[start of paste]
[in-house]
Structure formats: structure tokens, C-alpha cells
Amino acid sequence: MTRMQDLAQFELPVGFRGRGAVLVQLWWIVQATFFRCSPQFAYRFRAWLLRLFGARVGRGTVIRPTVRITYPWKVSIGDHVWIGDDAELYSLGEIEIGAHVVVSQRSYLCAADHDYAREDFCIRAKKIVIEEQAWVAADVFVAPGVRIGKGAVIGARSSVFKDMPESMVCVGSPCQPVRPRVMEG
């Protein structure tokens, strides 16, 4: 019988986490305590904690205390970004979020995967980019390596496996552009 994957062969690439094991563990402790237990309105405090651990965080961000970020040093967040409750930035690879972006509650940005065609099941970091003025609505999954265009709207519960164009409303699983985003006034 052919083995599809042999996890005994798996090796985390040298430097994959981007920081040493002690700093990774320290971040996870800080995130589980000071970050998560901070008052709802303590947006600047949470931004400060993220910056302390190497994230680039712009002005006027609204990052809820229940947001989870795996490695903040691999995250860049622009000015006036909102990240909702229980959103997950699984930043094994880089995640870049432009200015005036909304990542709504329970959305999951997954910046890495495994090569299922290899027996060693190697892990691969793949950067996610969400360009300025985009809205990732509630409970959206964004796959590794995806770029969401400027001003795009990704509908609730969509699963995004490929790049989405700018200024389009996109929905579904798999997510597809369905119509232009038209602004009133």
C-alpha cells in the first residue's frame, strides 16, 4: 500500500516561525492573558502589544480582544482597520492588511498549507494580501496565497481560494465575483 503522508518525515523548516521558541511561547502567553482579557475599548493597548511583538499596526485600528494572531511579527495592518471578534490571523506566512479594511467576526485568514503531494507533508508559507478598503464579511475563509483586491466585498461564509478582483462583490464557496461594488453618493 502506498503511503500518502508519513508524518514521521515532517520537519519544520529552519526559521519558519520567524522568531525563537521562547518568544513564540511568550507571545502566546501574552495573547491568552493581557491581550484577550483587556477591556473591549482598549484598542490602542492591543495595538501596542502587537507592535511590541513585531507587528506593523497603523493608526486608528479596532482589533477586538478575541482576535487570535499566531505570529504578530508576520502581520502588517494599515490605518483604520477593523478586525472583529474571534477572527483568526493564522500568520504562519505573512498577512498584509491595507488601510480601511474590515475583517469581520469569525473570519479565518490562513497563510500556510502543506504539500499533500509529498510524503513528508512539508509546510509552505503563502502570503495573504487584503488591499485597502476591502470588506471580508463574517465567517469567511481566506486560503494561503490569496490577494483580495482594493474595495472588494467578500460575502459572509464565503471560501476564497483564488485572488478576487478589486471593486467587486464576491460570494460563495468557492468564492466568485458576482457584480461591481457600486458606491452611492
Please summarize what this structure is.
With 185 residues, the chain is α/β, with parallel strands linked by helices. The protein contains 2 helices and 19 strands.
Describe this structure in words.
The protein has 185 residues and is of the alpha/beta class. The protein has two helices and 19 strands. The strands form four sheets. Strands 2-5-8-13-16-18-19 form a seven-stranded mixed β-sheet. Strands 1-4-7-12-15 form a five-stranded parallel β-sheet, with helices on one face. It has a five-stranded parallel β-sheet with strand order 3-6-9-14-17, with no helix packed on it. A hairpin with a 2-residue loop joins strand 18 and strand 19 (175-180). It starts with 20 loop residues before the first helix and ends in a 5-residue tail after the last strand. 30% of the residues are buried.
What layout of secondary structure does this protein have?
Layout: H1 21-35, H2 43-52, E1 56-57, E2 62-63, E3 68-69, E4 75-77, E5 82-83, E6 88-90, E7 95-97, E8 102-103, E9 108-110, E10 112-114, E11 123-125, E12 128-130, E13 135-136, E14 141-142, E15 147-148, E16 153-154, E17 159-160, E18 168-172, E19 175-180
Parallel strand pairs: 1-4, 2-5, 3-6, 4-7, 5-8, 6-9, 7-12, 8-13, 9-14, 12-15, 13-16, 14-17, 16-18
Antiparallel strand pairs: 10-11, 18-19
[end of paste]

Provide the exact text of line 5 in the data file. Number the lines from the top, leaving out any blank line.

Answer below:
C-alpha cells in the first residue's frame, strides 16, 4: 500500500516561525492573558502589544480582544482597520492588511498549507494580501496565497481560494465575483 503522508518525515523548516521558541511561547502567553482579557475599548493597548511583538499596526485600528494572531511579527495592518471578534490571523506566512479594511467576526485568514503531494507533508508559507478598503464579511475563509483586491466585498461564509478582483462583490464557496461594488453618493 502506498503511503500518502508519513508524518514521521515532517520537519519544520529552519526559521519558519520567524522568531525563537521562547518568544513564540511568550507571545502566546501574552495573547491568552493581557491581550484577550483587556477591556473591549482598549484598542490602542492591543495595538501596542502587537507592535511590541513585531507587528506593523497603523493608526486608528479596532482589533477586538478575541482576535487570535499566531505570529504578530508576520502581520502588517494599515490605518483604520477593523478586525472583529474571534477572527483568526493564522500568520504562519505573512498577512498584509491595507488601510480601511474590515475583517469581520469569525473570519479565518490562513497563510500556510502543506504539500499533500509529498510524503513528508512539508509546510509552505503563502502570503495573504487584503488591499485597502476591502470588506471580508463574517465567517469567511481566506486560503494561503490569496490577494483580495482594493474595495472588494467578500460575502459572509464565503471560501476564497483564488485572488478576487478589486471593486467587486464576491460570494460563495468557492468564492466568485458576482457584480461591481457600486458606491452611492